Living just a couple of hours from Gainesville, Florida, it really is easy to sit down and get yourself in the mood for some Tom Petty. Look, the boy is never going to win any beauty contests, and his voice sounds like he went to the Bob Dylan school of vocals. But there’s no denying that for a few decades Tom Petty, often along with those Heartbreakers, wrote some of the most recognizable American anthem music south of Ashbury Park, New Jersey. But it wasn’t always hit songs and world tours for the college town natives. Today they might have never made it in a music business that demands immediate success and gold records. It was the third album that gave this band its break-out hits and fame: Damn The Torpedoes.
While Tom Petty & The Heartbreakers were already generating some momentum in England where they broke sooner than their native United States, Damn The Torpedoes was an unmistakable milestone for the group. The musicians included: Mike Campbell on guitars, Ron Blair on bass, Stan Lynch on drums, and, of course Tom Petty on guitars and vocals. It was produced by Jimmy Iovine, who is generally credited with helping the band develop their signature sound. Released in 1979, the album contained three hit singles, with Refuge and Don’t Do Me Like That scoring huge hits in the United States.
This release gives you a very detailed look behind the scenes with the band. You’ll hear from the musicians themselves as the talk about each cut in detail. Many of the cuts feature band members performing the riffs and pieces of the songs that made them distinctive. The guys are in a recording studio with the original masters where they’ll revisit the songs by playing with those mixes. They might bring up a snare drum or a guitar riff, isolating these elements so that you can visit this album again like you’ve never heard it before. There are concert pieces and some rare studio video of the actual recording sessions. Everyone from the producer Iovine to engineer Shelly Yakus talk about what they saw in the music and how they approached the material to do their own jobs. It doesn’t matter whether you’re a fan of the band or just this particular album. This is one of those intimate looks you always wanted to have at a classic American rock and roll record.
The documentary is presented in its original broadcast aspect ratio of 1.78:1. The 1080p image is arrived at with an AVC/MPEG-4 codec at an average of almost 30 mbps. This is a documentary, and some of the classic footage is understandably in rather poor condition. That’s all to be expected. The interview pieces look quite good, however. The image presentation isn’t necessarily what you might purchase this release to get, but you get it here anyway. These interview bits are solid with natural color and fleshtones. The detail level is high, particularly during close-ups while a musician is going over a riff or track. You get a fingers look with detail enough to make it an instructional video.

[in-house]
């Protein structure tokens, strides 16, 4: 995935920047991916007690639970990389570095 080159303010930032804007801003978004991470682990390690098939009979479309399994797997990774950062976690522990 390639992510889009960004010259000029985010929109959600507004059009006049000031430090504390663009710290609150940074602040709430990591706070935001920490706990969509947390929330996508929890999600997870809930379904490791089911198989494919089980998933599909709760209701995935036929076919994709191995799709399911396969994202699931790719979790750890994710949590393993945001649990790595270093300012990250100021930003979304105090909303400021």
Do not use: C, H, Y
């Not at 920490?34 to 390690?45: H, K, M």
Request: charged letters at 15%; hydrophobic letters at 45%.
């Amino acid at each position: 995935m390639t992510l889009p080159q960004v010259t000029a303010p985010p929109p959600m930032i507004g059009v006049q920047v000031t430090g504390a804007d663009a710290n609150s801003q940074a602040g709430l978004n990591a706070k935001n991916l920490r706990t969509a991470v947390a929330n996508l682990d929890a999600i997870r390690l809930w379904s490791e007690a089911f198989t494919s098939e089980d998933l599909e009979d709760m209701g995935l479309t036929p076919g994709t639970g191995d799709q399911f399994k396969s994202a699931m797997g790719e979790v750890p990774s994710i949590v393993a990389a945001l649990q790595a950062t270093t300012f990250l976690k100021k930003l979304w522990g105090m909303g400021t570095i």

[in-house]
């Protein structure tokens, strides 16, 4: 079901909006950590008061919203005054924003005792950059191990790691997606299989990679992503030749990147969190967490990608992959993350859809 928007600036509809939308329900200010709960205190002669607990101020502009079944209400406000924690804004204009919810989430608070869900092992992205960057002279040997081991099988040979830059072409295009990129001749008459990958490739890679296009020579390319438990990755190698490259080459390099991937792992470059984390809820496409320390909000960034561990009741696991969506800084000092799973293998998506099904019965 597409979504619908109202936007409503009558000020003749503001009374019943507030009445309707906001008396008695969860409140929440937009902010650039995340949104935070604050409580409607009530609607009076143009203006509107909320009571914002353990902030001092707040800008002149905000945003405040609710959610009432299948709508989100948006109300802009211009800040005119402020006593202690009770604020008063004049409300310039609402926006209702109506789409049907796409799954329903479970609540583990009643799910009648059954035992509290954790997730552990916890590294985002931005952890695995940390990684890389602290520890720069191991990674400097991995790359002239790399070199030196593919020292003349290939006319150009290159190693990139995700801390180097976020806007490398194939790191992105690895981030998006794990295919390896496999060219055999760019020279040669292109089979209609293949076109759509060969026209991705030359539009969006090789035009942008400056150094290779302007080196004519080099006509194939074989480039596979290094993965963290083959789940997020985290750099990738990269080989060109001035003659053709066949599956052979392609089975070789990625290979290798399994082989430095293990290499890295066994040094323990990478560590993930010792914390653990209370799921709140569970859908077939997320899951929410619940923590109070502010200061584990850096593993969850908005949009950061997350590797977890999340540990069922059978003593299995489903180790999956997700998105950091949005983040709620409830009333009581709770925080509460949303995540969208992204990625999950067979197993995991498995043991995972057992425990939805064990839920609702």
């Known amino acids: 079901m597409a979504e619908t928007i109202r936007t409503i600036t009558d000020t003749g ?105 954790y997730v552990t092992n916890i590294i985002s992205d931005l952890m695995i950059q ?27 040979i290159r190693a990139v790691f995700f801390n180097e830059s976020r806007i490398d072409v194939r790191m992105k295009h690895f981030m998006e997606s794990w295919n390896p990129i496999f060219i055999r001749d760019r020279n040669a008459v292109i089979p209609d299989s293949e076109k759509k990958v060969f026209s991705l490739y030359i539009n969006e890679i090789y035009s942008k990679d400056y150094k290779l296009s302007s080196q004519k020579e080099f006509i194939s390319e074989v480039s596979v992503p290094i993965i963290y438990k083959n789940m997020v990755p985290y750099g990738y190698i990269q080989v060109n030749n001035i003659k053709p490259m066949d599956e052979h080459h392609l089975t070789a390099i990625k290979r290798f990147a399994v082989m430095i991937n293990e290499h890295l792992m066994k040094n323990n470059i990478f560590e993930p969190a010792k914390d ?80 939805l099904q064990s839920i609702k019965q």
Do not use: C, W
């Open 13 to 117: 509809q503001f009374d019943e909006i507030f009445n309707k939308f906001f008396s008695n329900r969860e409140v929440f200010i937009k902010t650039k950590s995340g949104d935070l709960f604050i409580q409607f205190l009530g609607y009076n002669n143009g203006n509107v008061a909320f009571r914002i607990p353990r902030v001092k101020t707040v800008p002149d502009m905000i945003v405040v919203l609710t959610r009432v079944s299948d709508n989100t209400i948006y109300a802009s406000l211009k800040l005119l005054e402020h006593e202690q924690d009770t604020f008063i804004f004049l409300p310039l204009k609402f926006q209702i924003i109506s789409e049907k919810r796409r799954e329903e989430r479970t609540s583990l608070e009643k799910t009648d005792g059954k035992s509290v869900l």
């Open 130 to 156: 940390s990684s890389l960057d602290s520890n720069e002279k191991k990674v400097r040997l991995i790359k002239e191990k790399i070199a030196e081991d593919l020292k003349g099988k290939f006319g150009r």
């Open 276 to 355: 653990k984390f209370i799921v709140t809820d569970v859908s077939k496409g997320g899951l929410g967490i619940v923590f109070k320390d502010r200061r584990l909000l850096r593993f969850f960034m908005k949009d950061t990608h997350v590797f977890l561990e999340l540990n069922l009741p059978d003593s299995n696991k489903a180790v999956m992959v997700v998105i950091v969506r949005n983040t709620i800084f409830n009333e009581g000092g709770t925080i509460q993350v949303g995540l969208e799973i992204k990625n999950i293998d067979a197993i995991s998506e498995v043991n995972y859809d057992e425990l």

The DTS-HD Master Audio 2.0 doesn’t do as much as you might hope for here. This is often mostly dialog, which sounds rich and full. The musical performances from the interview clips are quite clear, but I wouldn’t call them dynamic. Of course, many of these “performances” are merely pieces of the actual song, intended for demonstration purposes only. The archive footage sounds about how you would expect for vintage stage clips.
Bonus Footage: (41:52) Here you’ll find a collection of demos, alternate mixes, radio spots, and deleted interview footage.
Damn The Torpedoes has left its mark on the American music scene, of that there can be no doubt. Tom Petty has gone from small-town musician to playing at Super Bowl halftime shows. That’s one sure sign you’ve become somewhat of an American icon. Petty is remarkably candid here. He’s actually quite shy by nature and speaks rather softly. There’s actually more to be learned from some of the other major players. Part of the television Classic Album series, this feature does not include full tracks from the album itself, something I would have liked to have had included. I’ll admit I’m nowhere near a Tom Petty completist. I lean toward his Jeff Lynne-produced solo works. But there was indeed something special about Damn The Torpedoes. “That was the record where the dam burst.”